I have no idea what you or the article are talking about and I have no idea what the significance of this experiment was or what conclusions can be drawn from it or even what conclusions the author himself may or may not have made. Any chance you could explain any of this to a software/hardware guy like me with zero knowledge of Biology/Genetics? Maybe a software analogy would work.

      • Re: (Score:2, Informative)

        by tburkhol (121842)

        Underlying genetic evolution is the notion that genes pick up random mutations over time. Most of these have no effect on function, so you can estimate how long ago two species diverged by counting how many differences are in the genome. These guys had the clever idea of taking species that we think diverged a long time ago, but that have a similar trait (ie, echolocation), with the hypothesis that the genes controlling that might be more similar, even in these very different animals, than the genes for d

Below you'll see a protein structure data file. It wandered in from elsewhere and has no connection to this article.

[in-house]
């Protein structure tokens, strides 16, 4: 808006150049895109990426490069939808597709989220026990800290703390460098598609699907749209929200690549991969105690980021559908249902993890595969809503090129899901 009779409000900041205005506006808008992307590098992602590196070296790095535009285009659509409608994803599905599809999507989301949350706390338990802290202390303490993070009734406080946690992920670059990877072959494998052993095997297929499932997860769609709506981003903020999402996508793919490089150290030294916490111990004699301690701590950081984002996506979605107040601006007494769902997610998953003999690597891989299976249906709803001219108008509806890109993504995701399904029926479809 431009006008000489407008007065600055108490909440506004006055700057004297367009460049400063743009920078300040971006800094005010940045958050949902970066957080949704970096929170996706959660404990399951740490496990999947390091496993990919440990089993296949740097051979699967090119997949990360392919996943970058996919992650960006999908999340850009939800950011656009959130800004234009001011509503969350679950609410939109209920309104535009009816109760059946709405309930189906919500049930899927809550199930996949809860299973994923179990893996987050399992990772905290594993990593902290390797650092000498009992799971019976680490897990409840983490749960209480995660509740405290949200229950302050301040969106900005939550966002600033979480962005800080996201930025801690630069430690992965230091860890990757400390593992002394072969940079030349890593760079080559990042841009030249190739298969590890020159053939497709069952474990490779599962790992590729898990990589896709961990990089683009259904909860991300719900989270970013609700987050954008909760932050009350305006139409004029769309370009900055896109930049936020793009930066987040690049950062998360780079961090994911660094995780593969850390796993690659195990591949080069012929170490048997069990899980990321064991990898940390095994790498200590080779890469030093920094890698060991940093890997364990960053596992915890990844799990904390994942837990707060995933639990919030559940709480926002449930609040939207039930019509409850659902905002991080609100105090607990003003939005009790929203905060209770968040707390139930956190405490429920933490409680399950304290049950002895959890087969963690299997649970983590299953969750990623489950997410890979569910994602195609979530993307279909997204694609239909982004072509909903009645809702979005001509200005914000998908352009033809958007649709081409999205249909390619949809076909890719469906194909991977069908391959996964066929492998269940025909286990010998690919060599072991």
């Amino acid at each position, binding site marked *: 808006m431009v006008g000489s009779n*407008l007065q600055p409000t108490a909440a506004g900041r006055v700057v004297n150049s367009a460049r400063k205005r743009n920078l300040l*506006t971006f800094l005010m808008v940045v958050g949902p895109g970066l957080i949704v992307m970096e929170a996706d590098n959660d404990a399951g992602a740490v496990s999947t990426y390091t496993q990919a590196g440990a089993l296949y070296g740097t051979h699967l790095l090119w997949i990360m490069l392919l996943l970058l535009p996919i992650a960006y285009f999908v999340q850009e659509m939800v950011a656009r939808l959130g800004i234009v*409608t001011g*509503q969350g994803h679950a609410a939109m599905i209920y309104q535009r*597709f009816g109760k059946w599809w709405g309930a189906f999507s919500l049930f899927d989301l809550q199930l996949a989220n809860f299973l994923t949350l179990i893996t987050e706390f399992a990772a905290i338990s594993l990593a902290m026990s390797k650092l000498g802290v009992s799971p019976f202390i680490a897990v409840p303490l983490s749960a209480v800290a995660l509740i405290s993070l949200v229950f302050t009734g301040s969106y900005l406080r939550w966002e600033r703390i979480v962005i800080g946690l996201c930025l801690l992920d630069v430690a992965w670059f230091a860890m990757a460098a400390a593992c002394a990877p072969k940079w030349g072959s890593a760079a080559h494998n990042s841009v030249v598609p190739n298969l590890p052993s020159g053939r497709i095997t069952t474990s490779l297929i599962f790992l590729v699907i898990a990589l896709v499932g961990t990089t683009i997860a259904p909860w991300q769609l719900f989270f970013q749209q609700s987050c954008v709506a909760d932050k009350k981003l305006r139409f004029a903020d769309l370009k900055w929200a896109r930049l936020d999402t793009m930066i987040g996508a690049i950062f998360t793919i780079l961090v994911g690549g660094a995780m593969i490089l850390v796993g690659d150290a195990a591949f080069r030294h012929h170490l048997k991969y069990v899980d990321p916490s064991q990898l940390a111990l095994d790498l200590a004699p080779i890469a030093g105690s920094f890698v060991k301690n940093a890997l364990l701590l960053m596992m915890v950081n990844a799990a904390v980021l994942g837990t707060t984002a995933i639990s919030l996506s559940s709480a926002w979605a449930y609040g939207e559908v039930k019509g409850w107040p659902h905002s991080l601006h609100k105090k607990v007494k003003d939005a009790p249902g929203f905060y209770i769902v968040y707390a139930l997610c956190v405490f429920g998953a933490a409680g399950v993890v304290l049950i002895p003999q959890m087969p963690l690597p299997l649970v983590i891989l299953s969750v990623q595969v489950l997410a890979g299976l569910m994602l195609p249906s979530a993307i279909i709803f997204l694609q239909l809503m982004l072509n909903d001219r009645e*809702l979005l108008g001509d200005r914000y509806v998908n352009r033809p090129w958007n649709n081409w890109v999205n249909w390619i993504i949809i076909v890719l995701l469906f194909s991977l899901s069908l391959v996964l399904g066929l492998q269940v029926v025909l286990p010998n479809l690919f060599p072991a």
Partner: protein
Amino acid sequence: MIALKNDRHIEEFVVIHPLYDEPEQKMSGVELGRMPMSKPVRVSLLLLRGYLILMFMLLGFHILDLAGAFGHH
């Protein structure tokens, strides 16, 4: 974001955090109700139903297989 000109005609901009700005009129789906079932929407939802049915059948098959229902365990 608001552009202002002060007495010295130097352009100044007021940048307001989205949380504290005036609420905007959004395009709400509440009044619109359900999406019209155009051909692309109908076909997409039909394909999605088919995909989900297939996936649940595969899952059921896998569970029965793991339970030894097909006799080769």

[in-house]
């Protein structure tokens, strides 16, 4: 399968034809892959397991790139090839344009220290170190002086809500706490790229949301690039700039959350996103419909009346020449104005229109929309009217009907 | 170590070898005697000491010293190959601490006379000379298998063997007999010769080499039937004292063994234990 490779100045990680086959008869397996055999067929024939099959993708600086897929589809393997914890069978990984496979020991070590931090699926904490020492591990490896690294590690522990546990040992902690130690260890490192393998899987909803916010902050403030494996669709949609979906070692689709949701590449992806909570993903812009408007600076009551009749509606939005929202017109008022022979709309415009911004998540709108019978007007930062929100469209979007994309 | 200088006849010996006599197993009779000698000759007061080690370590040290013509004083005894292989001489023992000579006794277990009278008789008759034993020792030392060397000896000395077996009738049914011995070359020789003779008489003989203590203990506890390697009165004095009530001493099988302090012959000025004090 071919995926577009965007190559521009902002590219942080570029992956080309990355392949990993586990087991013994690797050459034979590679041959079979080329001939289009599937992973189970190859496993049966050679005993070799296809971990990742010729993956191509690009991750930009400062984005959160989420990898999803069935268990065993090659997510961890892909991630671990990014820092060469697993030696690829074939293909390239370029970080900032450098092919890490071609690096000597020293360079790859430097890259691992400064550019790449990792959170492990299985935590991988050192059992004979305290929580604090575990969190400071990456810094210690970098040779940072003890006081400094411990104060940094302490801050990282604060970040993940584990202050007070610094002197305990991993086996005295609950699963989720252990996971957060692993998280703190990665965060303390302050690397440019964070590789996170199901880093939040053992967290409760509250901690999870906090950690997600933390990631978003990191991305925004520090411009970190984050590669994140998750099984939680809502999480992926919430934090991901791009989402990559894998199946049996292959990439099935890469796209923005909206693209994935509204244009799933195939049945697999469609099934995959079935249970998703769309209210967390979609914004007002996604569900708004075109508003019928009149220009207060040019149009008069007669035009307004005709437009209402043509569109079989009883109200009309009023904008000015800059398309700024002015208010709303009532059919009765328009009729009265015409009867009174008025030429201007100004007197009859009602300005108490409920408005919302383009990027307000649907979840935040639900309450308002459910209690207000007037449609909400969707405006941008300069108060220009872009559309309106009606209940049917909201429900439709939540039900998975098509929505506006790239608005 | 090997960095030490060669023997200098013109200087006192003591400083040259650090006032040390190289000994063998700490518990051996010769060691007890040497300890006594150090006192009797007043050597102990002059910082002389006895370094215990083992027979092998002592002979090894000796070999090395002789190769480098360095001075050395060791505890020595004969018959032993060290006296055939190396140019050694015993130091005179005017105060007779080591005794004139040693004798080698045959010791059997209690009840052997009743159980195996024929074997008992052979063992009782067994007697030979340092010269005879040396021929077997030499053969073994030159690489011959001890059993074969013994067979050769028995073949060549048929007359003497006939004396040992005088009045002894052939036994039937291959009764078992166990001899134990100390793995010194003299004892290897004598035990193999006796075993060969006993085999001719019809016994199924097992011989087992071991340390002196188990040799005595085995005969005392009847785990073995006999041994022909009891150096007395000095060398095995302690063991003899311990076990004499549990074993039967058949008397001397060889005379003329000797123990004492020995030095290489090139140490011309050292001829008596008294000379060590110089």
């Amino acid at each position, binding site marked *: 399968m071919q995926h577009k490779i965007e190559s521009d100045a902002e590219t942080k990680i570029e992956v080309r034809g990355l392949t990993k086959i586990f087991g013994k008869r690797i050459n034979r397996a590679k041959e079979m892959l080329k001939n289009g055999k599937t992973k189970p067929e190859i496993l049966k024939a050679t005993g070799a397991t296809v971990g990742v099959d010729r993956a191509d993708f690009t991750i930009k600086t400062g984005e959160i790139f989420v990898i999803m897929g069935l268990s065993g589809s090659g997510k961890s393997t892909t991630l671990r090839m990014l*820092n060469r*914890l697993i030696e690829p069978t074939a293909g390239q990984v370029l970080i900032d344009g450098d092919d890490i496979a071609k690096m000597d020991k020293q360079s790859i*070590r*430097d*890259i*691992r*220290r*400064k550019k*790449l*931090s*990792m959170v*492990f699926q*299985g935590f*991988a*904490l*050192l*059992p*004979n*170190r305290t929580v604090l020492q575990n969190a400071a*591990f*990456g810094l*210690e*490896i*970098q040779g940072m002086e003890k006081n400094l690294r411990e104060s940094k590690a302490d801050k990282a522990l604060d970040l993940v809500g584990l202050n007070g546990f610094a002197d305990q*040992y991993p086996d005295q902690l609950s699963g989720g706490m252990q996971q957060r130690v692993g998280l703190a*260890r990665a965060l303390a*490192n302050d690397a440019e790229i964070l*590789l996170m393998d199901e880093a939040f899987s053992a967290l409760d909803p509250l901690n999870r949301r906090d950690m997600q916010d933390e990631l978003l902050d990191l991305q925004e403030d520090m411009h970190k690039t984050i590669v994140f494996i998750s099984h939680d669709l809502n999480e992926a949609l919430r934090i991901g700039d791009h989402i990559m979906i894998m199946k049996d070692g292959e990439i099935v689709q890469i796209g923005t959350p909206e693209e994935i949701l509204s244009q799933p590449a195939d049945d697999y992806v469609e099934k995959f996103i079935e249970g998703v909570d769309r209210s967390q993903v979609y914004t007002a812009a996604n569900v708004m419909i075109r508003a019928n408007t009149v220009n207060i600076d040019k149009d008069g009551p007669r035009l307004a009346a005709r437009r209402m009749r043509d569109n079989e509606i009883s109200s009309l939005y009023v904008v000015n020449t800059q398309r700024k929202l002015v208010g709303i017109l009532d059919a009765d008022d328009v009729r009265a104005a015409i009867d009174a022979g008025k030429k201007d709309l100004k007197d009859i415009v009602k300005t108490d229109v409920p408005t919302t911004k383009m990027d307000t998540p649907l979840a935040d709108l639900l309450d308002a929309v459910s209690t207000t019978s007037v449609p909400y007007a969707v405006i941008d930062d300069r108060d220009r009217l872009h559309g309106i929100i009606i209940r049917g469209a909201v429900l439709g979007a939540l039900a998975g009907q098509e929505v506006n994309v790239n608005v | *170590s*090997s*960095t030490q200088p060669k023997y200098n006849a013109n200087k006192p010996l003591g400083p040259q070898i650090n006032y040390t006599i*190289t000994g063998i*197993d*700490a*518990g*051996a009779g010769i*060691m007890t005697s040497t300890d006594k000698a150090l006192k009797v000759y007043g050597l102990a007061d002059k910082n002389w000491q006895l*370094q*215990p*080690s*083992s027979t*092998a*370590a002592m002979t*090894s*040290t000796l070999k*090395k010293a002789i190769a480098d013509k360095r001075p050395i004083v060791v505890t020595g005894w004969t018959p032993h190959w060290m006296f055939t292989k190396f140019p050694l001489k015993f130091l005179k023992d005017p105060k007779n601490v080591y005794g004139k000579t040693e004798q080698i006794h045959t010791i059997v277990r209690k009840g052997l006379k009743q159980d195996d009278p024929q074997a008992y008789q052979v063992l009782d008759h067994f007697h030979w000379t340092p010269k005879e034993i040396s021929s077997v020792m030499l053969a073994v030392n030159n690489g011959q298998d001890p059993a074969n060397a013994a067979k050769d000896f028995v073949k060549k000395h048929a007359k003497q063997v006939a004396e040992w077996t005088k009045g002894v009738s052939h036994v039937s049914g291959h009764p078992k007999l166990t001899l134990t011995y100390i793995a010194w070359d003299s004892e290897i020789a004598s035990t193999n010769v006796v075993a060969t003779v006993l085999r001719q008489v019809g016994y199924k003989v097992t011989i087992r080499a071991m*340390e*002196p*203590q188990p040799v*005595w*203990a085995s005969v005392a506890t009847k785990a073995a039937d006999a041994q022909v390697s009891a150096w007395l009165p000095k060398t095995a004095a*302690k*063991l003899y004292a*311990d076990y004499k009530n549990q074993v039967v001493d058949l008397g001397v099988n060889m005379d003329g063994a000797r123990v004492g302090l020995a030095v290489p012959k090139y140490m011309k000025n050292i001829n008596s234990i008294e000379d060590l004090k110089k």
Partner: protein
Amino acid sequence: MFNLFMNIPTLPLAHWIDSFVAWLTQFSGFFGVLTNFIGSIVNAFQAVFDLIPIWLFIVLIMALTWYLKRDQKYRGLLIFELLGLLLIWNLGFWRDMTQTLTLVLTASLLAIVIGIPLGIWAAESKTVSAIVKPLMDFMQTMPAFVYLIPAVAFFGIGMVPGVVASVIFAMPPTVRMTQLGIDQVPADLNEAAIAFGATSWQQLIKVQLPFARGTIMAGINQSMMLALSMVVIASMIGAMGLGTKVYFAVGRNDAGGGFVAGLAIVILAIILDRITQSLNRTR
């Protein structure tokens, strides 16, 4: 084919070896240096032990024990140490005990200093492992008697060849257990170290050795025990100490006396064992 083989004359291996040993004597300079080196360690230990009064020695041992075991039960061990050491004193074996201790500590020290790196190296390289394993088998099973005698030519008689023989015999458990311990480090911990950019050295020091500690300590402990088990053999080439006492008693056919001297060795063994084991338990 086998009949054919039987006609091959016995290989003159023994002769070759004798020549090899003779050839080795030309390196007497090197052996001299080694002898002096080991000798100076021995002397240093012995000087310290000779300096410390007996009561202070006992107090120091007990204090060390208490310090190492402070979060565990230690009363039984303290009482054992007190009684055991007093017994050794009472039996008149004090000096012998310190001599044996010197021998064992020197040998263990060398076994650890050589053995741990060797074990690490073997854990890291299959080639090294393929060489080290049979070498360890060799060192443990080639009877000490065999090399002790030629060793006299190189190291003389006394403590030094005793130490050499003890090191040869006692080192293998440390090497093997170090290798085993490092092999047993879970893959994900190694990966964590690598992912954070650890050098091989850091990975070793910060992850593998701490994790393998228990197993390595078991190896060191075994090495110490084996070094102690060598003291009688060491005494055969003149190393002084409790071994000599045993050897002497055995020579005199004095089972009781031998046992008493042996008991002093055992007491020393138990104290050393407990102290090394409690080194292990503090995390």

• by bob_jordan (39836) on Wednesday September 04, 2013 @04:22PM (#44760825)

    It simply proves that through a process of survival of the fittest, English is evolving at the expense of weaker languages into the perfect language. :-)

    Eventually all you will have is English, and all the programming languages derived from it.

    Bob.

    • by psyque (1234612)
      Maybe one day we'll all be named Bob.
    • Dear Bob, languages do indeed mutate and diverge like animals do, they even go as far as to establish barriers for exchange of their fundamental units when they diverge sufficiently, but they're not selected on basis of some internal fitness, thus ruining your analogy.
      • by bob_jordan (39836)